Most Senate Democrats voted present on that measure in a sign of unity that also allowed Democrats with tough reelection bids, like Sen. Doug Jones (Ala.), to avoid going on the record on the climate proposal.

Holding a vote on H.R. 9 in the Senate would very well create a similar headache for Senate Democrats, especially with lawmakers like Sen. Joe ManchinJoseph (Joe) ManchinHillicon Valley: FBI to brief Florida lawmakers on election hacking | Tech giants partner with DEA on anti-opioid efforts | Facebook sues company for selling fake engagement Big tech partners with DEA on opioid drop-off efforts NBC’s Kelly O’Donnell tears up over video celebrating 25 years at network MORE (D-W.Va.) opposed to the Paris climate agreement.

“H.R. 9 is going to pass [the House]. That is something that is great,” the Senate aide said.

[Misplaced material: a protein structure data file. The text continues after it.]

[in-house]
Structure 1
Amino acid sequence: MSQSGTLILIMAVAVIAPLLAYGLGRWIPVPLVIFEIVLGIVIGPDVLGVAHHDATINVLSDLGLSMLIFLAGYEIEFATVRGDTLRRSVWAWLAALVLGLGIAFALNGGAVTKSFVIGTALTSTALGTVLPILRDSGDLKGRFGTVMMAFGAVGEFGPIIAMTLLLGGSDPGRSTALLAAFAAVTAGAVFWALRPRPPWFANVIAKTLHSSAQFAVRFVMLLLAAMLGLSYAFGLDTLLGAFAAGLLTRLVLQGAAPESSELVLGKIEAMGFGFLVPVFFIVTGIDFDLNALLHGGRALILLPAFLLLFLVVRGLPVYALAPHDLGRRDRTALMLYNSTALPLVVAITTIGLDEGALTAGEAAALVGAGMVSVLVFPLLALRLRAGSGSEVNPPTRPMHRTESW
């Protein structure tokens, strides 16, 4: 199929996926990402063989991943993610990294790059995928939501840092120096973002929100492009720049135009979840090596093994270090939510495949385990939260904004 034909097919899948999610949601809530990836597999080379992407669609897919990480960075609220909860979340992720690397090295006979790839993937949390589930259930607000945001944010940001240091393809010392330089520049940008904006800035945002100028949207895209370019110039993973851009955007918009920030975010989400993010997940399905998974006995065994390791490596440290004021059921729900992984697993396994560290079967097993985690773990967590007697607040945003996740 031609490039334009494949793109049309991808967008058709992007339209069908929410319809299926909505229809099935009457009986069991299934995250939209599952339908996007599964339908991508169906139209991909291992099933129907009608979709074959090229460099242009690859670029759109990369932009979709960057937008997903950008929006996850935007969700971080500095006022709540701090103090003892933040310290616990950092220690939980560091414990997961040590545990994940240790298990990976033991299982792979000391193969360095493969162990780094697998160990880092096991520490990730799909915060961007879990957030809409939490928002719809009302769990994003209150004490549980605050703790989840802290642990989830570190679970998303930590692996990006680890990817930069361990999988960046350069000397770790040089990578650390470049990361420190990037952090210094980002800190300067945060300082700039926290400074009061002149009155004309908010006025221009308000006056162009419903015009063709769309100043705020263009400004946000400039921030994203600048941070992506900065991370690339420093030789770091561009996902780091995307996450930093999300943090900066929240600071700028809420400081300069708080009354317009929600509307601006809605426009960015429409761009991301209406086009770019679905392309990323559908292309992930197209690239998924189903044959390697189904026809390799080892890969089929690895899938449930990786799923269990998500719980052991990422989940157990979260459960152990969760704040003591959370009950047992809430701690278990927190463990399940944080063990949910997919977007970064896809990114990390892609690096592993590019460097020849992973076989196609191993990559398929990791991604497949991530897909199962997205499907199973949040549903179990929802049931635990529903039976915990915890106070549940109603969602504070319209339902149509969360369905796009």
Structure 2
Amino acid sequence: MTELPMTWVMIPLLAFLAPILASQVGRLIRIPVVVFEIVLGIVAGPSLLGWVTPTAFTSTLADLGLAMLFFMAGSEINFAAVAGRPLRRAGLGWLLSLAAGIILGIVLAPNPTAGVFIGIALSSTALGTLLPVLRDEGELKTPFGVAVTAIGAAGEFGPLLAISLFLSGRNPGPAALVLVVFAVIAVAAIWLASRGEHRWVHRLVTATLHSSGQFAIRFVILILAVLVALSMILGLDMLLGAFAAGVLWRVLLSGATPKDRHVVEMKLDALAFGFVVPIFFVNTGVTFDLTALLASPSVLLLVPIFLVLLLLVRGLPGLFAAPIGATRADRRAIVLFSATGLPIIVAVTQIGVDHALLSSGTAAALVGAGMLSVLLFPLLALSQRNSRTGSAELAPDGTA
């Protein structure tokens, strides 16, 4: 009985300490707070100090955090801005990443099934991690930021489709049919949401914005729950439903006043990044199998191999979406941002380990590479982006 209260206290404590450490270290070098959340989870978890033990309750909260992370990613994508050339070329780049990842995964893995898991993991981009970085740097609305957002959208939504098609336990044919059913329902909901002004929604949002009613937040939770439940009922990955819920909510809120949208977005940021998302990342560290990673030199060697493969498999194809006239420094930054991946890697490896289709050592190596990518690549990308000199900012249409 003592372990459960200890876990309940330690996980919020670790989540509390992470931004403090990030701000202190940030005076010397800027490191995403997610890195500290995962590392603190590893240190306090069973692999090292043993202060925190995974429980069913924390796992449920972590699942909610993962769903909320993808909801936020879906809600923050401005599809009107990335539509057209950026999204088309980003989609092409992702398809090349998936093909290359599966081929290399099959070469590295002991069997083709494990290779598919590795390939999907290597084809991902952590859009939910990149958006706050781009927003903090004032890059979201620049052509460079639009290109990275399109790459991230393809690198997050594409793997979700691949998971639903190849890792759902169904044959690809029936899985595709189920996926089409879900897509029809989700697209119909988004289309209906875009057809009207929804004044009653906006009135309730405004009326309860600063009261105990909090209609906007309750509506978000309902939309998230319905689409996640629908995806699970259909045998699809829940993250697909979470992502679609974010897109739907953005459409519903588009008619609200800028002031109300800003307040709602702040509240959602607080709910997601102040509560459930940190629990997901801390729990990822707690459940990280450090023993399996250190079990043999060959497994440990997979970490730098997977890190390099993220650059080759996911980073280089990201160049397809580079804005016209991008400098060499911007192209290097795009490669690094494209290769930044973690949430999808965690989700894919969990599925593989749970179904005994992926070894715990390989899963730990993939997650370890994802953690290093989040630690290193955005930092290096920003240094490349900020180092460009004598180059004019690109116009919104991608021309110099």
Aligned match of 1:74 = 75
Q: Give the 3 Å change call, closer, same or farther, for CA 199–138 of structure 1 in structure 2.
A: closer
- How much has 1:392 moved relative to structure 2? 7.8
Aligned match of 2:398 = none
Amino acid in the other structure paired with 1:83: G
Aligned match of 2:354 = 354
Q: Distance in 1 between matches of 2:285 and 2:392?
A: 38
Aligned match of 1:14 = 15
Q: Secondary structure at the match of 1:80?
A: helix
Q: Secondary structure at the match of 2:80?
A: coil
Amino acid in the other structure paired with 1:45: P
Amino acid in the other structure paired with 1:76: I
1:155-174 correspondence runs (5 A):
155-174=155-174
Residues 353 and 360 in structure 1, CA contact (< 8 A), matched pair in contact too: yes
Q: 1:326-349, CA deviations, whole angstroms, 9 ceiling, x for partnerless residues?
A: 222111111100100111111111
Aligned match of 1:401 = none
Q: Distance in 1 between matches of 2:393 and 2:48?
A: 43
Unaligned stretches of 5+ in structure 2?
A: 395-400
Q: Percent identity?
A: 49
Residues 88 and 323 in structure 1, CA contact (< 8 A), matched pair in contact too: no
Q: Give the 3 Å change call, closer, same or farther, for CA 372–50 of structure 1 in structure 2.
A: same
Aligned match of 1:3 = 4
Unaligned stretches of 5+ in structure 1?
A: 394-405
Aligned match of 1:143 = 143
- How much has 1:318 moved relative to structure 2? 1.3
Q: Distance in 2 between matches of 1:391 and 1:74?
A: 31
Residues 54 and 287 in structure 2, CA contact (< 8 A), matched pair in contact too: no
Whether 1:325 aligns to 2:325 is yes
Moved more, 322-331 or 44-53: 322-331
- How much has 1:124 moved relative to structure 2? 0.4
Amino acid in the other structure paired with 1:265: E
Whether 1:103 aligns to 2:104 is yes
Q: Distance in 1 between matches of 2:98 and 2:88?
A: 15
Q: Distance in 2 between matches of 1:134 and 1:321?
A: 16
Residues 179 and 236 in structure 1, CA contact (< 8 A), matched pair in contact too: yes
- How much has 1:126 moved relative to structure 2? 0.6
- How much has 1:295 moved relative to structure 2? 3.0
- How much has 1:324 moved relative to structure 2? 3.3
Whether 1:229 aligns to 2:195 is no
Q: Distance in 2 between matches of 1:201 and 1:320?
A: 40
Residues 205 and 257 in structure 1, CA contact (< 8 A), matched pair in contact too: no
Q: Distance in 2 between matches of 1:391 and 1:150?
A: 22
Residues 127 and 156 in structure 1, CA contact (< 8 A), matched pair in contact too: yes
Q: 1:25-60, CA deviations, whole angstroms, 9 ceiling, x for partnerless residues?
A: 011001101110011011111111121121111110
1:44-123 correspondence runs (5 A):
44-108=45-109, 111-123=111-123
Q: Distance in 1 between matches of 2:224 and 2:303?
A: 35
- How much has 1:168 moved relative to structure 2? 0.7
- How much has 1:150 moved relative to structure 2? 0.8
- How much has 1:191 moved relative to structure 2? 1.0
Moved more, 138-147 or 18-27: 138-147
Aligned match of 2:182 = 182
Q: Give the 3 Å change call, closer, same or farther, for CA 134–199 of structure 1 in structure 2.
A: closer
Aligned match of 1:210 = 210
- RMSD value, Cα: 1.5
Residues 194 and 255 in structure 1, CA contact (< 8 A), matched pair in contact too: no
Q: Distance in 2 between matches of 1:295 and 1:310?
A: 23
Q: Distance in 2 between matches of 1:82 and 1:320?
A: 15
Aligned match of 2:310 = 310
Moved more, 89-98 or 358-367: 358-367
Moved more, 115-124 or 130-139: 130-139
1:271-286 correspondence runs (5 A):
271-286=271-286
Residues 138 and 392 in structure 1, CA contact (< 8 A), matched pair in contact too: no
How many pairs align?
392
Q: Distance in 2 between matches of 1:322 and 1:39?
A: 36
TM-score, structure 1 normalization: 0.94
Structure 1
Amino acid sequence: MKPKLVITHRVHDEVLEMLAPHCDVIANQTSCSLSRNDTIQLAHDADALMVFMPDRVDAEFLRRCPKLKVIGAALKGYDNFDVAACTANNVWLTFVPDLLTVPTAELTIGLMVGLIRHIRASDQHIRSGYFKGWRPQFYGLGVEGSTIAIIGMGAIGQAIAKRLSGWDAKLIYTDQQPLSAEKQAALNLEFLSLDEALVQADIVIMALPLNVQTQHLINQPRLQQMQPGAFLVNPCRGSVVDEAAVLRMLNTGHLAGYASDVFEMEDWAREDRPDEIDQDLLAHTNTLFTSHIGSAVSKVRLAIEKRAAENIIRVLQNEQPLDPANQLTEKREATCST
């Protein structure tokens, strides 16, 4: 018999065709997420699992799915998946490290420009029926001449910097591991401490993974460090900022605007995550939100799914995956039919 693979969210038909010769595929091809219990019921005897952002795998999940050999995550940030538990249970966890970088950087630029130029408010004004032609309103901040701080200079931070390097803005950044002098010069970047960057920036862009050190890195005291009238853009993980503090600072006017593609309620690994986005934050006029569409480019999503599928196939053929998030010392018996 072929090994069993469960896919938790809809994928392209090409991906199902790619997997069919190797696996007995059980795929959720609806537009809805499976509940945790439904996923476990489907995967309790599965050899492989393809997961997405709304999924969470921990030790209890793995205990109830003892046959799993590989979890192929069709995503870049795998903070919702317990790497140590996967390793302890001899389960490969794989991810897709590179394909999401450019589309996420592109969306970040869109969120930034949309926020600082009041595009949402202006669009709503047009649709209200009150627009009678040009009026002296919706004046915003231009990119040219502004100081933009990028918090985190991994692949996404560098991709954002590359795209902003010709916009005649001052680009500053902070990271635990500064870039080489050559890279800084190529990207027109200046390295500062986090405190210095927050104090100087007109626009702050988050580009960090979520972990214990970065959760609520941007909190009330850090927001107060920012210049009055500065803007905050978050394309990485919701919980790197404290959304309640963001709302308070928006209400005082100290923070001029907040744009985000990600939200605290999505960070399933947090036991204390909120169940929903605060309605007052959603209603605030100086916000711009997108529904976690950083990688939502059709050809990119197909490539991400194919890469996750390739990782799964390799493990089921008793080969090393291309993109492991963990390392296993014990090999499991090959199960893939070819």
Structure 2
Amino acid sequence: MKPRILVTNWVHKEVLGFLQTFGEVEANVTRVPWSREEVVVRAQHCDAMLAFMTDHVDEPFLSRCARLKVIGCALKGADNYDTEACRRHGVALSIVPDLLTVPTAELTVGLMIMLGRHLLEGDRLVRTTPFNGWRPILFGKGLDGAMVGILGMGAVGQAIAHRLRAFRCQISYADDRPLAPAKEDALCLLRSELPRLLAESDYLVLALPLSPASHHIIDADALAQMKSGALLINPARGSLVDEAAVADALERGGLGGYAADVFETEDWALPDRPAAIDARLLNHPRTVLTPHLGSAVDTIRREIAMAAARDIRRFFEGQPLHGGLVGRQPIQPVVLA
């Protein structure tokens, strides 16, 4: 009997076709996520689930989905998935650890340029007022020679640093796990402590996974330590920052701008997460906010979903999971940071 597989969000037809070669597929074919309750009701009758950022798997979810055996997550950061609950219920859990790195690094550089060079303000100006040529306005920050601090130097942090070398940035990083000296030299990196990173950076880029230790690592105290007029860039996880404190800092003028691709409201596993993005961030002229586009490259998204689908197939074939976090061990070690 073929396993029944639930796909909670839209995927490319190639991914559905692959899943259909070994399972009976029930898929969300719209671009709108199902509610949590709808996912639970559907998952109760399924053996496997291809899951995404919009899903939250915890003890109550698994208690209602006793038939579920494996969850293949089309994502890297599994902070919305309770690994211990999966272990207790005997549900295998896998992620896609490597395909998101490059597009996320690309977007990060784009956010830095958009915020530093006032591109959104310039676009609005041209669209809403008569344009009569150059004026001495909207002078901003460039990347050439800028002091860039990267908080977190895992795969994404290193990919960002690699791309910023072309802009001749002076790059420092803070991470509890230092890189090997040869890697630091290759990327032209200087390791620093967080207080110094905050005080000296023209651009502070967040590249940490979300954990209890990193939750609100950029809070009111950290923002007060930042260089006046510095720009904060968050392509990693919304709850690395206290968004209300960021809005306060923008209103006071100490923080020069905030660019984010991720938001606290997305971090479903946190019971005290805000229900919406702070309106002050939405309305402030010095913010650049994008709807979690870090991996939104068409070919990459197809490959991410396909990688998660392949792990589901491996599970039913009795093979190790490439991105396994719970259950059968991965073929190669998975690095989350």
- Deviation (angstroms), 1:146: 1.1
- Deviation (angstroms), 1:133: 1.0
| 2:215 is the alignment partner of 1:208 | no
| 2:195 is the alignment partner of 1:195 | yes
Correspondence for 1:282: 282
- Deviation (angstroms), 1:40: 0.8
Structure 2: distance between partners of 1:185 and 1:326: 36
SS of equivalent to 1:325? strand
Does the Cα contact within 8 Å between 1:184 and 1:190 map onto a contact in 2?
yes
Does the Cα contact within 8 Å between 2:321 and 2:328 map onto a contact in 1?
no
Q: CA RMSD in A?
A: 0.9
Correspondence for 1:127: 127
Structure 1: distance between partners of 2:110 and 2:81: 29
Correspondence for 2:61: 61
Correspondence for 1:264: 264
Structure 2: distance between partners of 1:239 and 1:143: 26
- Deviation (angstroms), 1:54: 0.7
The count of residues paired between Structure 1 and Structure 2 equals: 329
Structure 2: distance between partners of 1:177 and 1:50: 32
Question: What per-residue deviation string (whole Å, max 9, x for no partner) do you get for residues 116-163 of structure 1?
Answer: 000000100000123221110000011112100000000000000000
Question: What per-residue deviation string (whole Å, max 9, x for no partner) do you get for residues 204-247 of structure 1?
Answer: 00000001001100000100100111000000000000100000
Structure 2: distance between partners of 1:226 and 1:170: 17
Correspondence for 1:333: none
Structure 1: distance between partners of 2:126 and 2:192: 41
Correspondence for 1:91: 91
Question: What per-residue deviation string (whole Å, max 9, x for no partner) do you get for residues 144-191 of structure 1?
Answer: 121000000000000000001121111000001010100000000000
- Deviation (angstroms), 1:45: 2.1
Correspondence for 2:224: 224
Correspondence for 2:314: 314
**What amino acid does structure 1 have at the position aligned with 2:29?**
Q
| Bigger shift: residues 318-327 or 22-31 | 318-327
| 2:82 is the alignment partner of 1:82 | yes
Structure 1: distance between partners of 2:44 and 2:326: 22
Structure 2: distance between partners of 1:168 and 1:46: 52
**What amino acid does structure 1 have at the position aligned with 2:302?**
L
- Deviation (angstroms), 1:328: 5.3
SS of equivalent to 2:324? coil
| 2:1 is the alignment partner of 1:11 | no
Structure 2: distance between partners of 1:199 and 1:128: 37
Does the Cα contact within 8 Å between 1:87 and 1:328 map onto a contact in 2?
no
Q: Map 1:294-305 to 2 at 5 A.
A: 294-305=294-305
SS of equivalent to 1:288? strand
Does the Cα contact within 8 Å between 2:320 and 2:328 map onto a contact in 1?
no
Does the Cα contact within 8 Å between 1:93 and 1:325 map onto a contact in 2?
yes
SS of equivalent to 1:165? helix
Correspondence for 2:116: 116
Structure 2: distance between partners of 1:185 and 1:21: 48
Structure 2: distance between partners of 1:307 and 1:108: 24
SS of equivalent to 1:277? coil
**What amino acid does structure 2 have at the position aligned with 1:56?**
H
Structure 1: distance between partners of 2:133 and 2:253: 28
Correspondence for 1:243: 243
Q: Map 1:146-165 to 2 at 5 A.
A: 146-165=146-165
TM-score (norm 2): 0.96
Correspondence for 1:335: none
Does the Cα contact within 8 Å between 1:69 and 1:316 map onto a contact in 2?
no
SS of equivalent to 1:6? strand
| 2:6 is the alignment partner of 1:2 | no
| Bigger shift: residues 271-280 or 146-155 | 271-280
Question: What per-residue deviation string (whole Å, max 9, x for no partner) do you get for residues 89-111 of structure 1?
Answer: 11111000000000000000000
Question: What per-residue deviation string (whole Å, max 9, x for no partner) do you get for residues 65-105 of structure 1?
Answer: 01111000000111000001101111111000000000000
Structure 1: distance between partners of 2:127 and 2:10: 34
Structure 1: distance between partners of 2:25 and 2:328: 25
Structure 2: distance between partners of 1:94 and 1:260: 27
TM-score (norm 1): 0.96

“We’re also focused on addressing climate change in a way we have leverage,” the aide added, pointing to a potential infrastructure deal.

Pelosi, Schumer and other top Democrats are scheduled to meet with Trump at the White House on Tuesday to talk infrastructure. Democratic leaders on Monday said they want any infrastructure deal to take climate change into consideration.

And while some Democrats are not enthusiastic about Castor’s bill, they say other measures are in the works.

One senior Democratic aide likened the House push behind H.R. 9 to a mutual agreement to support “the lowest common denominator success story.”

“I don’t know any Democrats who think this is the final word on Democratic climate policy for this Congress,” the House aide said.